Live view Yes
Viewfinder type Optical (pentaprism)
Viewfinder coverage 100%
Viewfinder magnification 0.7×
Photography features
Minimum shutter speed 30 sec
Maximum shutter speed 1/4000 sec
Aperture priority Yes
Shutter priority Yes
Manual exposure mode Yes
Subject / scene modes No
Built-in flash No
External flash Yes (via hot shoe or PC sync)
Flash modes Auto FP High-speed sync, front-curtain sync, rear-curtain sync, redeye reduction,
Continuous drive 6 fps
Self-timer Yes (2, 5, 10, or 20 secs)
Metering modes
  • Multi
  • Center-weighted
  • Spot
Exposure compensation ±3 (at 1/3 EV steps)
AE Bracketing ±3 (2, 3, 5 frames at 1/3 EV, 2/3 EV, 1 EV, 2 EV steps)
WB Bracketing Yes (2 or 3 shots in 1/3 or 1/2-stop intervals)
Videography features
Microphone None
Speaker Mono
Storage
Storage types SD/SDHC/SDXC card
Connectivity
USB USB 2.0 (480 Mbit/sec)
HDMI Yes (mini-HDMI)
Wireless Optional
Wireless notes via WU-1a wireless mobile adapter
Remote control Yes (Cable release, wireless remote)
Physical
Environmentally sealed Yes
Battery Battery Pack
Battery description EN-EL14/EN-EL14a lithium-ion battery and charger
Battery Life (CIPA) 1400
Weight (inc. batteries) 760 g (1.68 lb / 26.81 oz)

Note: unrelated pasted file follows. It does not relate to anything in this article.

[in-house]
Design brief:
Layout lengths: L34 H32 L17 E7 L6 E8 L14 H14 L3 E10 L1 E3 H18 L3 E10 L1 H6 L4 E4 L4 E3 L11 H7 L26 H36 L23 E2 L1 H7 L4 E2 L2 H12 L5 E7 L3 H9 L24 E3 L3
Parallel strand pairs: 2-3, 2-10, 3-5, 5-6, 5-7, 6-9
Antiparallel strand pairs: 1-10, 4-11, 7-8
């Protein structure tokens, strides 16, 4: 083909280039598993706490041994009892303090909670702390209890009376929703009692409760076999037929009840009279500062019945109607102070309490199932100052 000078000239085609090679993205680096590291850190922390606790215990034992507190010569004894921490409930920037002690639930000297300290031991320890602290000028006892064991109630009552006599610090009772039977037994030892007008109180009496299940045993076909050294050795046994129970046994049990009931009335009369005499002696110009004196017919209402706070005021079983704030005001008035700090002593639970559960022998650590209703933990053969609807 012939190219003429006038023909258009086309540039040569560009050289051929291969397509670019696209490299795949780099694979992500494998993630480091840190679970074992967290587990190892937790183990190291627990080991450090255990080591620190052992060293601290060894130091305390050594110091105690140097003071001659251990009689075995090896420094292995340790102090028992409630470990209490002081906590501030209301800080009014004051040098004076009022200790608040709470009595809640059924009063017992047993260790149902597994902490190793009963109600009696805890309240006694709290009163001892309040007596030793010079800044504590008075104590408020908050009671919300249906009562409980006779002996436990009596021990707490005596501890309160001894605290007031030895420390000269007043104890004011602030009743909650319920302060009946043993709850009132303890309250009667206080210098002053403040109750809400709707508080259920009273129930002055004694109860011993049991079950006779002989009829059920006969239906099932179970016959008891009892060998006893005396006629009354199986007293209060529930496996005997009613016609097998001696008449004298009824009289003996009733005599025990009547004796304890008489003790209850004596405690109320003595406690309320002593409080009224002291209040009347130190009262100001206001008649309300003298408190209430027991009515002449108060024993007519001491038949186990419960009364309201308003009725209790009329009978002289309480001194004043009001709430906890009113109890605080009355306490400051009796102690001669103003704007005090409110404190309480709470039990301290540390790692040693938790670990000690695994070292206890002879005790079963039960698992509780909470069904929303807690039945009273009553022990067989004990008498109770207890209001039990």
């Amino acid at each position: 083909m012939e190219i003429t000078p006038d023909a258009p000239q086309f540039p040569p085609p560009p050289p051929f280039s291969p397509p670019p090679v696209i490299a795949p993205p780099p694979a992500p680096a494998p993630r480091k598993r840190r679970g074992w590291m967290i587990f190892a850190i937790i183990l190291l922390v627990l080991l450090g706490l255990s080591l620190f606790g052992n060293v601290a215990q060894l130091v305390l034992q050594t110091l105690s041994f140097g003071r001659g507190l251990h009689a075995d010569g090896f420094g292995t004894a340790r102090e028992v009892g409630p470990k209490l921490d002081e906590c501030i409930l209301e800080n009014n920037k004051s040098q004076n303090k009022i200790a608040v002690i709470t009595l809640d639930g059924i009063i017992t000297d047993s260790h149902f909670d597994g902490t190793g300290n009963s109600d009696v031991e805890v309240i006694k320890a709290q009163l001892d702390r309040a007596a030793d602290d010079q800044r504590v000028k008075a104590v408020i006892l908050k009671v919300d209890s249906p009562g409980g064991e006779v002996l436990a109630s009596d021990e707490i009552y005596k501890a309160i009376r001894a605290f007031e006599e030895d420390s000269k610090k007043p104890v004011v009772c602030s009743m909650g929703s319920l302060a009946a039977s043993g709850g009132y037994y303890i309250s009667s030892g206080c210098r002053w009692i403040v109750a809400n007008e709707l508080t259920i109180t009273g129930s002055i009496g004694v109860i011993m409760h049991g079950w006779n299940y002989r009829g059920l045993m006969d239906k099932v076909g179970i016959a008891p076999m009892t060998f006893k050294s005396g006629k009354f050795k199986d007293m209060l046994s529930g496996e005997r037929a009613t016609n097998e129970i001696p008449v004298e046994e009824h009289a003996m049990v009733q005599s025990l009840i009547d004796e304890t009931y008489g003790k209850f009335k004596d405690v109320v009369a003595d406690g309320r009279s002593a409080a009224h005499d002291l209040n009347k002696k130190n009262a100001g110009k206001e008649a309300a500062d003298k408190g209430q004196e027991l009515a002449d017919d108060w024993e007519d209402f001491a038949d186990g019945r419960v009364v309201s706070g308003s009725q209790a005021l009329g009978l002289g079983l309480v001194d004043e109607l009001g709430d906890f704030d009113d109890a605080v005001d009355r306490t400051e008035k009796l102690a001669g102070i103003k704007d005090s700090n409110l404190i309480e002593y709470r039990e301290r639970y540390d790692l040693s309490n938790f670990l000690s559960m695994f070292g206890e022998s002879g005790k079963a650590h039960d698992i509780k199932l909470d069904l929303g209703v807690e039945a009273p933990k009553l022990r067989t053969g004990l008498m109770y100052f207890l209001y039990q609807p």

Dimensions 144 x 110 x 67 mm (5.67 x 4.33 x 2.64)
Other features
Orientation sensor Yes
Timelapse recording No
GPS None
GPS notes via GP-1 or GP-1A adapter

Reviews

DPReview Conclusion

Scoring is relative only to the other cameras in the same category at the time of review.

Score Breakdown
Poor Excellent
Build quality
Ergonomics & handling
Features
Metering & focus accuracy
Image quality (raw)
Image quality (jpeg)
Low light / high ISO performance
Viewfinder / screen rating
Performance
Connectivity
Value
Tried & Tested
Tried & Tested
81 %
Overall Score

The Nikon Df is a product that's as much about invoking nostalgia as it is about capturing the moment. Its control setup, though slower than a modern DSLR layout, will appeal to anyone who wants a camera that feels more like a camera than an electronic device. However, despite an excellent imaging sensor, we think too many compromises were made on such an expensive camera.

Good For

Anyone longing to shoot using traditional control dials. Owners of Pre-AI Nikon lenses.